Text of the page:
Throne of Glass is a brilliant debut and I am dying to read the next in the series already to find out where Celaena’s adventures take her next! Get your copy as soon as you can. There’s a handsome prince. And puppies. Did I mention the kick-arse heroine?
If you’d like to read one of the prequel novellas for free, Sugarscape still has The Assassin and the Empire up for a limited time! The other three novellas are available on Amazon but sadly, not in Australia 🙁
Warnings: Quite a bit of violence.
What did others think of Throne of Glass?
- “So much creativity, imagination and love has gone into this novel. That is crystal clear.” – Hannah of Once Upon a Time
- “This was a wonderful fantasy story. I enjoyed it immensely and Celaena is a fantastic heroine and role model for a Young Adult crowd.” – 5/5 – Philippa of Tea, Daydreams & Fairytales
- “While the synopsis may come off feeling a little Hunger Game-esque, let me calm your fears now. It’s not. ” – 3/5 – Stephanie of Cuddlebuggery
I have seen this book around on several sites, apparently a real hot item at the time (When’s the movie coming out?). I love the cover, but haven’t yet added it to my TBR. I’m waiting for someone to convince me, and that hasn’t happened yet. As a 63-year old man who went to war as a teenager, I have a fundamental “suspension” problem with an 18-year old master of anything, except maybe the art of looking cute. I could take her as a gifted apprentice, an intuitive assistant, or something similar. Child prodigies do exist; Mozart could hear the music, but he still had to learn the piano, and how to write sheet music, and all the rest. I could see this girl having catlike reflexes and phenominal balance, and in the process of being developed into a master by a past master whose skills have faded, but not a master herself, not yet.
In fairness, it’s been a long time since I was a young adult, and maybe an accomplished hero their own age is what’s required here. What I remember from that age is reading about adults, from James Bond to Sherlock Holmes, and saying, “That will be me someday.” An excellent review, but I’m still likely to pass on this. Thanks for taking the time, and keep up the fine work!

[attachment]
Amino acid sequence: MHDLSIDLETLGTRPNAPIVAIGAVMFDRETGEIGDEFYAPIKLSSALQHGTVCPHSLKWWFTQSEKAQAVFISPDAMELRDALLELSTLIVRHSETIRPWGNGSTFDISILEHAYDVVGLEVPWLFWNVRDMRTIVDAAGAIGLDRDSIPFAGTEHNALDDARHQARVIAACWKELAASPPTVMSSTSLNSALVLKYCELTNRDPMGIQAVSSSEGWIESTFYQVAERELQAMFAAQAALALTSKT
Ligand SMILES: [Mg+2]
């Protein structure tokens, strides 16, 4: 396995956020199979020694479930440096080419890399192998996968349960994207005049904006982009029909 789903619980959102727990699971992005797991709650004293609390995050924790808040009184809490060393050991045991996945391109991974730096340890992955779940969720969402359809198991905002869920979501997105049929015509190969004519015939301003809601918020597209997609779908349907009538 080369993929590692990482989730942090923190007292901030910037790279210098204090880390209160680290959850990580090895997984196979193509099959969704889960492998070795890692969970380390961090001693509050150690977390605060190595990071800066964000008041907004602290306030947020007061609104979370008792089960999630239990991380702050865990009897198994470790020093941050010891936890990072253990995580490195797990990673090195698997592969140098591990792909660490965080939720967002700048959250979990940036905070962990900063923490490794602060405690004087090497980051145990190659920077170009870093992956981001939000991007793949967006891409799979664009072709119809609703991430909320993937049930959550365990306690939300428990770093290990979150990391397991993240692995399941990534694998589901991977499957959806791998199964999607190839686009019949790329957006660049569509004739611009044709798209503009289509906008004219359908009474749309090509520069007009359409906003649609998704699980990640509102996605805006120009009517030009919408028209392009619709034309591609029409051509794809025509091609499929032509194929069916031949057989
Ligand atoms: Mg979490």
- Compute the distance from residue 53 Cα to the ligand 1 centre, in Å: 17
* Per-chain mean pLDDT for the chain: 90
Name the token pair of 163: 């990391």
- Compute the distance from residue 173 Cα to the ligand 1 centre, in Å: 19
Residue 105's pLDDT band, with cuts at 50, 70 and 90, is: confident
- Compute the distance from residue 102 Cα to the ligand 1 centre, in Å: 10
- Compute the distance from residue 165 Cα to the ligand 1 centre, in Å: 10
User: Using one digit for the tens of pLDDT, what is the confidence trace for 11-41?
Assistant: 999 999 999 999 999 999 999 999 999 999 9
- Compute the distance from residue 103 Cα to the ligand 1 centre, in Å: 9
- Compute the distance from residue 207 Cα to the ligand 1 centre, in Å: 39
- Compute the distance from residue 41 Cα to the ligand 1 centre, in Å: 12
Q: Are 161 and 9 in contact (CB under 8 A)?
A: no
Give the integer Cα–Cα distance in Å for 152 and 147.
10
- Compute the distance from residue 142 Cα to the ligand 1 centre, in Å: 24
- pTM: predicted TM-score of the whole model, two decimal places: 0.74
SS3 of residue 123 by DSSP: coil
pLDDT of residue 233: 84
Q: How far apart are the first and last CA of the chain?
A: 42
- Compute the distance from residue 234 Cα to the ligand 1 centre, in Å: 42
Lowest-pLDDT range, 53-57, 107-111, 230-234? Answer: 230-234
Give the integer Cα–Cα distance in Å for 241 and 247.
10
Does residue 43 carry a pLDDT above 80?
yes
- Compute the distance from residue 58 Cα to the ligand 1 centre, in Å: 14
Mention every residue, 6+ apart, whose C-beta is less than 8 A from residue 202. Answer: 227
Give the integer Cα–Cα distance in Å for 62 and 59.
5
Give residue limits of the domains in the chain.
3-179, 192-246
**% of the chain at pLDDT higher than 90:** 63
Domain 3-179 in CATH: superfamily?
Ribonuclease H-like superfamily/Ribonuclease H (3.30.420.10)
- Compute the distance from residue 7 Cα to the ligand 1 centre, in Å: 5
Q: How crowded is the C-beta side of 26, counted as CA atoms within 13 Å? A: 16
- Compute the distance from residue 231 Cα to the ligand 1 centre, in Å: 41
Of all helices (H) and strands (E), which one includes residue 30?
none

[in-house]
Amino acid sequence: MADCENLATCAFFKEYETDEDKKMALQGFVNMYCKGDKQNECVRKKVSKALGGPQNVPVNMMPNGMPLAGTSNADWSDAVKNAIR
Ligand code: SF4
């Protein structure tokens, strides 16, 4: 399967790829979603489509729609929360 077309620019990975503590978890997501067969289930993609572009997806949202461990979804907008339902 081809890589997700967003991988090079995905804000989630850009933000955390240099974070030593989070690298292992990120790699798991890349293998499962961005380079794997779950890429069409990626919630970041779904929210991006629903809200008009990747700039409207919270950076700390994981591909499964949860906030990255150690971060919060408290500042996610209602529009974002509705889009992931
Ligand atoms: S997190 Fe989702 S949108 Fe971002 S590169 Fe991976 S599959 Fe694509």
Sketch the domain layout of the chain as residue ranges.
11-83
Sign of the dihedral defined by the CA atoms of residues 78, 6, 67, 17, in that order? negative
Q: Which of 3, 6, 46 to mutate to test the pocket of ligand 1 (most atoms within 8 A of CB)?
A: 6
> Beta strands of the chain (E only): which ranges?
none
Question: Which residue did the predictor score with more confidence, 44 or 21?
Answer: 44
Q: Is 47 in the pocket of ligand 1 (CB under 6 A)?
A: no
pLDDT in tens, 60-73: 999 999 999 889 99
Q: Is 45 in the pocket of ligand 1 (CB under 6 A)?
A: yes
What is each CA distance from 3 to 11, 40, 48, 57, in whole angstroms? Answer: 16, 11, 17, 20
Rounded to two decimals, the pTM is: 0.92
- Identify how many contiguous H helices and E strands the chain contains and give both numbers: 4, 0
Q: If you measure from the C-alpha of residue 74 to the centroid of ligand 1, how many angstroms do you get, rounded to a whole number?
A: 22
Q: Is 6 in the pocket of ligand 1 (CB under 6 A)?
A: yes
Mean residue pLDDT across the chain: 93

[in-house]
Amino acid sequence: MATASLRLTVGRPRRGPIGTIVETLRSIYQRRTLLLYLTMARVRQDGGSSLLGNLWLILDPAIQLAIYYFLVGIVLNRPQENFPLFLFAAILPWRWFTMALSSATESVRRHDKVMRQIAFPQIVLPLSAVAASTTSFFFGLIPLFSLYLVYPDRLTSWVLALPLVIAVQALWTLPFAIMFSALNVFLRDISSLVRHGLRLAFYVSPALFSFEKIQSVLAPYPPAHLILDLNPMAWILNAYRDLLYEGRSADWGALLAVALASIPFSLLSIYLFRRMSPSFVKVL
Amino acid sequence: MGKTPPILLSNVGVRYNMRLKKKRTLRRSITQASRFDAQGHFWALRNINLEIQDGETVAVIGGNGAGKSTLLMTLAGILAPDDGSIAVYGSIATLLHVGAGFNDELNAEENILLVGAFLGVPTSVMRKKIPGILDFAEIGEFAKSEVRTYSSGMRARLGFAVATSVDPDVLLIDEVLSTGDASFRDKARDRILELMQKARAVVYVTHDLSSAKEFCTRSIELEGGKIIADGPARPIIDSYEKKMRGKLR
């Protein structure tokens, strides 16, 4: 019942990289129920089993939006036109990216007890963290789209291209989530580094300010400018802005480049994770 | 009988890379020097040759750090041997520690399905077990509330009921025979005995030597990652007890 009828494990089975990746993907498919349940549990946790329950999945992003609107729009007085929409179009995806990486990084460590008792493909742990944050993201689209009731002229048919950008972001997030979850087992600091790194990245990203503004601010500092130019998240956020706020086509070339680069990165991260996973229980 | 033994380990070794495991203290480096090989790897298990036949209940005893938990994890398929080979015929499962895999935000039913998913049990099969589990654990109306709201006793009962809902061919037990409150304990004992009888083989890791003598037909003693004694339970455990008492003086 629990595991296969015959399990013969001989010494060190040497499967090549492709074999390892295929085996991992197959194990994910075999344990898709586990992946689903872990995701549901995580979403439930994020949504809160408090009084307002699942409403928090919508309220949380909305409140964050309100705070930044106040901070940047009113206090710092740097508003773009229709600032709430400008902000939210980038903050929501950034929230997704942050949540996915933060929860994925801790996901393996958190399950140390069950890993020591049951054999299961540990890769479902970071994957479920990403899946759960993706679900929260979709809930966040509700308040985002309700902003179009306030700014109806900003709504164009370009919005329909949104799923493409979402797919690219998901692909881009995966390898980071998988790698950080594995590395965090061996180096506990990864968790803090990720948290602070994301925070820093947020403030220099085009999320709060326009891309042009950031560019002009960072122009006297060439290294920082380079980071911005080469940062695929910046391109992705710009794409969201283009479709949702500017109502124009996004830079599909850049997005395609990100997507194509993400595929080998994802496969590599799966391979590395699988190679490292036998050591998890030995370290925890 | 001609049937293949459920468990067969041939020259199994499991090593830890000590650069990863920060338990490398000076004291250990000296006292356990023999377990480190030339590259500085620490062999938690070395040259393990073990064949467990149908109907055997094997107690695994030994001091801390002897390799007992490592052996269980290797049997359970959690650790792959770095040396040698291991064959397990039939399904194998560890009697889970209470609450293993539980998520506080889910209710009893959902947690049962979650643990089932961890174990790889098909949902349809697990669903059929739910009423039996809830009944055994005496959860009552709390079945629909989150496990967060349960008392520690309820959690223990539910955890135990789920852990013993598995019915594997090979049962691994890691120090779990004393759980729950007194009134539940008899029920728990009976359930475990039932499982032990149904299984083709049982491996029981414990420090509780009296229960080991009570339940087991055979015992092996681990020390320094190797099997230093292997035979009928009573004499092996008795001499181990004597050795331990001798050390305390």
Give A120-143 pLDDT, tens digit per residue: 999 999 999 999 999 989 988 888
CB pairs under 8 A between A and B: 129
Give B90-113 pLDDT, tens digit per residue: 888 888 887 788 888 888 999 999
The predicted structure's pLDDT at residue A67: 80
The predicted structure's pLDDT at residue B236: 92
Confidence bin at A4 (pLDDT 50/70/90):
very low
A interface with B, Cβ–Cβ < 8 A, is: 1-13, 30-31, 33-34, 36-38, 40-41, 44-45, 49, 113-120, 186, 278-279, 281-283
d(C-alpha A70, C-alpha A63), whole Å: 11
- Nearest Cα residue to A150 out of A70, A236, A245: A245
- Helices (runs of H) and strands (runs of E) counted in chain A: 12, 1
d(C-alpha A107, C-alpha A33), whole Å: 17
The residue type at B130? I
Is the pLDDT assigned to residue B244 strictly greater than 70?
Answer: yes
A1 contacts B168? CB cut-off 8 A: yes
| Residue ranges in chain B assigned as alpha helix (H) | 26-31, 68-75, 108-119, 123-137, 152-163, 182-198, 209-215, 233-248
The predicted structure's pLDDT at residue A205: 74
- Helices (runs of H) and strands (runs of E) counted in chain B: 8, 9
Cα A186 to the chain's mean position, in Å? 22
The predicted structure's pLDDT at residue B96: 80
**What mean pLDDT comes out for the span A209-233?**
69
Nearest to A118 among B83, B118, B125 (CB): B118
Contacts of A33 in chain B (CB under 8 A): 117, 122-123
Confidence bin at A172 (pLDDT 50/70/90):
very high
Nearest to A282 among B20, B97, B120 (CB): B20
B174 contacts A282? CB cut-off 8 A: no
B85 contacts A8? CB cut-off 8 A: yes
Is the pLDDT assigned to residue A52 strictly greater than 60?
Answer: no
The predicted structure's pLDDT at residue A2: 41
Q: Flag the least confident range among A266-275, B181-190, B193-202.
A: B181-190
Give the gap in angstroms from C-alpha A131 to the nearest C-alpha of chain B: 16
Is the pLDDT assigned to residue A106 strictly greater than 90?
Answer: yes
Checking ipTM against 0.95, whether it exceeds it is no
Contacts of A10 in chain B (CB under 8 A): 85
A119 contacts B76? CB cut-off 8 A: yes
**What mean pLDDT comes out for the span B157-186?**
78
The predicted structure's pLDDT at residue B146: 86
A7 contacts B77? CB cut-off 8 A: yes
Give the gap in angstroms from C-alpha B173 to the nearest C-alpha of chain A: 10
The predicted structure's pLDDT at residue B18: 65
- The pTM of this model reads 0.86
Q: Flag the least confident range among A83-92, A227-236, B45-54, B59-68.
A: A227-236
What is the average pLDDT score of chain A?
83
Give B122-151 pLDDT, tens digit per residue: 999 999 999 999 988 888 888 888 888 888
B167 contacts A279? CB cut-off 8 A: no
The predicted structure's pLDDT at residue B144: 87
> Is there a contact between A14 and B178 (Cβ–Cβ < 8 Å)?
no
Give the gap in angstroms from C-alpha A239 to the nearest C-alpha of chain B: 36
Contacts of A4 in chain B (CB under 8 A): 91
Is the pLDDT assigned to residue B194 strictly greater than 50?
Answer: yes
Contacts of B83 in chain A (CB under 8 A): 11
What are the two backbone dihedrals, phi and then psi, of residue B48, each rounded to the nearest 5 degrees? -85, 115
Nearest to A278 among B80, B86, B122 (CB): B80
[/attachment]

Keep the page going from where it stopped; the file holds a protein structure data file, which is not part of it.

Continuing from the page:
Jack recently posted..Teaser
Thanks for your comment Jack! To be honest, you’re not really in the target audience for this one… it’s aimed pretty squarely at teen girls, although I hope guys might enjoy it as well. It hit my “enjoy immensely” button without being life-changing 🙂
This book seems popular among Australian book bloggers.
Michael @ Literary Exploration recently posted..Meme – My Life in Literature
It’s not just the Aussies!
[…] Throne of Glass, Sarah J Maas – Really great young adult fantasy – loved it! […]
So glad to hear that you loved this one! I really enjoyed reading it too, though I didn’t know that it was supposed to be based on Cinderella. I agree, though, that apart from the ball and the fact that the prince fell in love with her, these two stories were NOTHING alike each other.
Great review, Angela!
Meg | The Book Galaxy
Megan K. recently posted..ARC Review: Throne of Glass by Sarah J. Maas
Thanks Meg! I’m told the Cinderella thing might come out more in future books, but since I’m not sure they’re even written yet, I find that info suspicious 😛 Thanks for stopping by 🙂
[…] note: This is my review for the second book in this series, and so contains spoilers for the first, Throne of Glass. You may wish to read my review for that book […]
[…] the series at all, we suggest reading our original Throne of Glass reviews (Philippa’s or Angelya’s), and go get […]